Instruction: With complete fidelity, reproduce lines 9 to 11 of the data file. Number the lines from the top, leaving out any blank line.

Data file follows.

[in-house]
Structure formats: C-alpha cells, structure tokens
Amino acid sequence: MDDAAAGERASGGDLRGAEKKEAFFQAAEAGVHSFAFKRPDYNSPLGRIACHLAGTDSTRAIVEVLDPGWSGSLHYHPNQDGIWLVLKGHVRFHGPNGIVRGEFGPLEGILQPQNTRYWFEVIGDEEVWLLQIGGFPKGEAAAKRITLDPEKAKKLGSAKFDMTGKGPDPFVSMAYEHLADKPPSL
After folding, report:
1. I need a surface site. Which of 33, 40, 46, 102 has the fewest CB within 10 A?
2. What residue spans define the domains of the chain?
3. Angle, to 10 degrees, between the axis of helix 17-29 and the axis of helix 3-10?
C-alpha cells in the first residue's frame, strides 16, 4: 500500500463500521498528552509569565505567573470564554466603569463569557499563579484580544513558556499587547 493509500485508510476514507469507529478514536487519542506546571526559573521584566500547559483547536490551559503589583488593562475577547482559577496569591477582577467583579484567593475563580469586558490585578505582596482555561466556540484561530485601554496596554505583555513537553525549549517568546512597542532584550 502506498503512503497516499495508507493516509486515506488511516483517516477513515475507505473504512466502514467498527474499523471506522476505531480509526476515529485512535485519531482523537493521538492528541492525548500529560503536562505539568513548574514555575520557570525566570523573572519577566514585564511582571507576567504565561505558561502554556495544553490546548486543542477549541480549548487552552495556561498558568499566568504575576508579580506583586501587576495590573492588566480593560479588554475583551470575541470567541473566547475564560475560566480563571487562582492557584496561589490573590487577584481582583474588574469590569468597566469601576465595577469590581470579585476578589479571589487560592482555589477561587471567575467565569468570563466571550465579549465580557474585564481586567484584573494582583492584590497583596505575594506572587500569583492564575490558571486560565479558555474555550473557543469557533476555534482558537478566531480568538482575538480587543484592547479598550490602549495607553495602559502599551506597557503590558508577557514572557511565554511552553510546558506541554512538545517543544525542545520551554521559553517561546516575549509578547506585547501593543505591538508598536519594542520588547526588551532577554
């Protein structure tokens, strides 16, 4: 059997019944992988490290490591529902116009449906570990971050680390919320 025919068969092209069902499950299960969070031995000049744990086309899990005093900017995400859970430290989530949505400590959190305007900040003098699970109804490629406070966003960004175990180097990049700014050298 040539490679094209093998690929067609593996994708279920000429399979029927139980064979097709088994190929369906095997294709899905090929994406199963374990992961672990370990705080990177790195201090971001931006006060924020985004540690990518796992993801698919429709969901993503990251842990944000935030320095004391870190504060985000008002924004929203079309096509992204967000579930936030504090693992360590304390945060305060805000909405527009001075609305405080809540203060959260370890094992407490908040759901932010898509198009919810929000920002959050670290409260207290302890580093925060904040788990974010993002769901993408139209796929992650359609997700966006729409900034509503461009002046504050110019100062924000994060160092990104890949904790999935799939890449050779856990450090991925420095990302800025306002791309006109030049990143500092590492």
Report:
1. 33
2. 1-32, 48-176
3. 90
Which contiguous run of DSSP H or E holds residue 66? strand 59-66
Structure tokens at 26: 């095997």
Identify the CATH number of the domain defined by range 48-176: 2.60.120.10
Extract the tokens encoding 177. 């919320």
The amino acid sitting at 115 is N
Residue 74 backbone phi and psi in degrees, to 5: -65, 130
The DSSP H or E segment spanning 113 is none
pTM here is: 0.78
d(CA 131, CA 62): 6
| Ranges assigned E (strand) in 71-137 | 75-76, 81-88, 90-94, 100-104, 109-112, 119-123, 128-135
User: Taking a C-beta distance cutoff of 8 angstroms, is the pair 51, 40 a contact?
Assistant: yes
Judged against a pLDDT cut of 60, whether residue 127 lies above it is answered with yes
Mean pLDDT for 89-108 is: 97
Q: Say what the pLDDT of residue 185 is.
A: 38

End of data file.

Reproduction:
């Protein structure tokens, strides 16, 4: 059997019944992988490290490591529902116009449906570990971050680390919320 025919068969092209069902499950299960969070031995000049744990086309899990005093900017995400859970430290989530949505400590959190305007900040003098699970109804490629406070966003960004175990180097990049700014050298 040539490679094209093998690929067609593996994708279920000429399979029927139980064979097709088994190929369906095997294709899905090929994406199963374990992961672990370990705080990177790195201090971001931006006060924020985004540690990518796992993801698919429709969901993503990251842990944000935030320095004391870190504060985000008002924004929203079309096509992204967000579930936030504090693992360590304390945060305060805000909405527009001075609305405080809540203060959260370890094992407490908040759901932010898509198009919810929000920002959050670290409260207290302890580093925060904040788990974010993002769901993408139209796929992650359609997700966006729409900034509503461009002046504050110019100062924000994060160092990104890949904790999935799939890449050779856990450090991925420095990302800025306002791309006109030049990143500092590492």
Report:
1. 33